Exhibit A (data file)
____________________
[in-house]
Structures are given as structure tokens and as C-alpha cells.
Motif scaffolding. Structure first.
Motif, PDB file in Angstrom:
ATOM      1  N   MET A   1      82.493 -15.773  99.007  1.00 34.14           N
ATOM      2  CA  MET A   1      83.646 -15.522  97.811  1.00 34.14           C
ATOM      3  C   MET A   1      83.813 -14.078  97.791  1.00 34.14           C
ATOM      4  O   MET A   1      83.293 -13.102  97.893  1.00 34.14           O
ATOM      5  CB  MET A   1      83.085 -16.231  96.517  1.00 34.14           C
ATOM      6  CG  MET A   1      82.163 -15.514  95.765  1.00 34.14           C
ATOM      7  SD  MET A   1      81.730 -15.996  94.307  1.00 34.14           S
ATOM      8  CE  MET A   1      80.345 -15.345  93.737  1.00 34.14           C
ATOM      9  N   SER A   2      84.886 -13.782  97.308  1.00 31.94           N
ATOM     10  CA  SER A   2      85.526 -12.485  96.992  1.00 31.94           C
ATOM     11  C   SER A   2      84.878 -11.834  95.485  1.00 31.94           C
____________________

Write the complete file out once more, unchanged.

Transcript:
[in-house]
Structures are given as structure tokens and as C-alpha cells.
Motif scaffolding. Structure first.
Motif, PDB file in Angstrom:
ATOM      1  N   MET A   1      82.493 -15.773  99.007  1.00 34.14           N
ATOM      2  CA  MET A   1      83.646 -15.522  97.811  1.00 34.14           C
ATOM      3  C   MET A   1      83.813 -14.078  97.791  1.00 34.14           C
ATOM      4  O   MET A   1      83.293 -13.102  97.893  1.00 34.14           O
ATOM      5  CB  MET A   1      83.085 -16.231  96.517  1.00 34.14           C
ATOM      6  CG  MET A   1      82.163 -15.514  95.765  1.00 34.14           C
ATOM      7  SD  MET A   1      81.730 -15.996  94.307  1.00 34.14           S
ATOM      8  CE  MET A   1      80.345 -15.345  93.737  1.00 34.14           C
ATOM      9  N   SER A   2      84.886 -13.782  97.308  1.00 31.94           N
ATOM     10  CA  SER A   2      85.526 -12.485  96.992  1.00 31.94           C
ATOM     11  C   SER A   2      84.878 -11.834  95.485  1.00 31.94           C